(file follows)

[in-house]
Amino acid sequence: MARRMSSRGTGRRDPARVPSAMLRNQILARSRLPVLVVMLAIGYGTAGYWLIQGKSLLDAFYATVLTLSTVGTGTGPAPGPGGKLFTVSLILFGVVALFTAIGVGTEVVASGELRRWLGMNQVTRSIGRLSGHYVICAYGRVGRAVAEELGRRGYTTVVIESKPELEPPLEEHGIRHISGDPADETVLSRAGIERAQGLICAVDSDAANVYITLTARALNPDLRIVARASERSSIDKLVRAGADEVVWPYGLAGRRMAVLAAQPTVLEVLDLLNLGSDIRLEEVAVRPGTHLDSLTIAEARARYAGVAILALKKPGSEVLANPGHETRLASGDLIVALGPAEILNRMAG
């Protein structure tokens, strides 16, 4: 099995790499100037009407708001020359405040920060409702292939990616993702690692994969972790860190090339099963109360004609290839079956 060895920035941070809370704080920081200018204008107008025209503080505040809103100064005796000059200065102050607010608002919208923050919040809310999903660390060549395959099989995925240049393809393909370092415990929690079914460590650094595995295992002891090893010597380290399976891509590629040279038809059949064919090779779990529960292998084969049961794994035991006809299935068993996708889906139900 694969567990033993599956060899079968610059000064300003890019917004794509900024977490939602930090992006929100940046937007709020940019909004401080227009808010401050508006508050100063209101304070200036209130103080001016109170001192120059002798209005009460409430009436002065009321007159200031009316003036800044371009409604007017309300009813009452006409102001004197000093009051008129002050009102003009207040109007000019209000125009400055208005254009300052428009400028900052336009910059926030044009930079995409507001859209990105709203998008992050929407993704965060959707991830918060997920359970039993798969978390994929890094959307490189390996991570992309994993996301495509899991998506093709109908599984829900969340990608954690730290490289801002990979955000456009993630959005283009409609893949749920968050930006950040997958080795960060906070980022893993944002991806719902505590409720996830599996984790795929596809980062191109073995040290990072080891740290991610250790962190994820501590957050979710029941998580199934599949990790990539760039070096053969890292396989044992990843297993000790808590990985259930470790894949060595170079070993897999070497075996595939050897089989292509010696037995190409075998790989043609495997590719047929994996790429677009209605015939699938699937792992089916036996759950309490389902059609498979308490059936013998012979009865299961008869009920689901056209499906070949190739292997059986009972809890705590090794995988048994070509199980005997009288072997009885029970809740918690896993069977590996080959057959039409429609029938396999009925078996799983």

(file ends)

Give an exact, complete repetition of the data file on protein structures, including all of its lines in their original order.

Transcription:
[in-house]
Amino acid sequence: MARRMSSRGTGRRDPARVPSAMLRNQILARSRLPVLVVMLAIGYGTAGYWLIQGKSLLDAFYATVLTLSTVGTGTGPAPGPGGKLFTVSLILFGVVALFTAIGVGTEVVASGELRRWLGMNQVTRSIGRLSGHYVICAYGRVGRAVAEELGRRGYTTVVIESKPELEPPLEEHGIRHISGDPADETVLSRAGIERAQGLICAVDSDAANVYITLTARALNPDLRIVARASERSSIDKLVRAGADEVVWPYGLAGRRMAVLAAQPTVLEVLDLLNLGSDIRLEEVAVRPGTHLDSLTIAEARARYAGVAILALKKPGSEVLANPGHETRLASGDLIVALGPAEILNRMAG
């Protein structure tokens, strides 16, 4: 099995790499100037009407708001020359405040920060409702292939990616993702690692994969972790860190090339099963109360004609290839079956 060895920035941070809370704080920081200018204008107008025209503080505040809103100064005796000059200065102050607010608002919208923050919040809310999903660390060549395959099989995925240049393809393909370092415990929690079914460590650094595995295992002891090893010597380290399976891509590629040279038809059949064919090779779990529960292998084969049961794994035991006809299935068993996708889906139900 694969567990033993599956060899079968610059000064300003890019917004794509900024977490939602930090992006929100940046937007709020940019909004401080227009808010401050508006508050100063209101304070200036209130103080001016109170001192120059002798209005009460409430009436002065009321007159200031009316003036800044371009409604007017309300009813009452006409102001004197000093009051008129002050009102003009207040109007000019209000125009400055208005254009300052428009400028900052336009910059926030044009930079995409507001859209990105709203998008992050929407993704965060959707991830918060997920359970039993798969978390994929890094959307490189390996991570992309994993996301495509899991998506093709109908599984829900969340990608954690730290490289801002990979955000456009993630959005283009409609893949749920968050930006950040997958080795960060906070980022893993944002991806719902505590409720996830599996984790795929596809980062191109073995040290990072080891740290991610250790962190994820501590957050979710029941998580199934599949990790990539760039070096053969890292396989044992990843297993000790808590990985259930470790894949060595170079070993897999070497075996595939050897089989292509010696037995190409075998790989043609495997590719047929994996790429677009209605015939699938699937792992089916036996759950309490389902059609498979308490059936013998012979009865299961008869009920689901056209499906070949190739292997059986009972809890705590090794995988048994070509199980005997009288072997009885029970809740918690896993069977590996080959057959039409429609029938396999009925078996799983």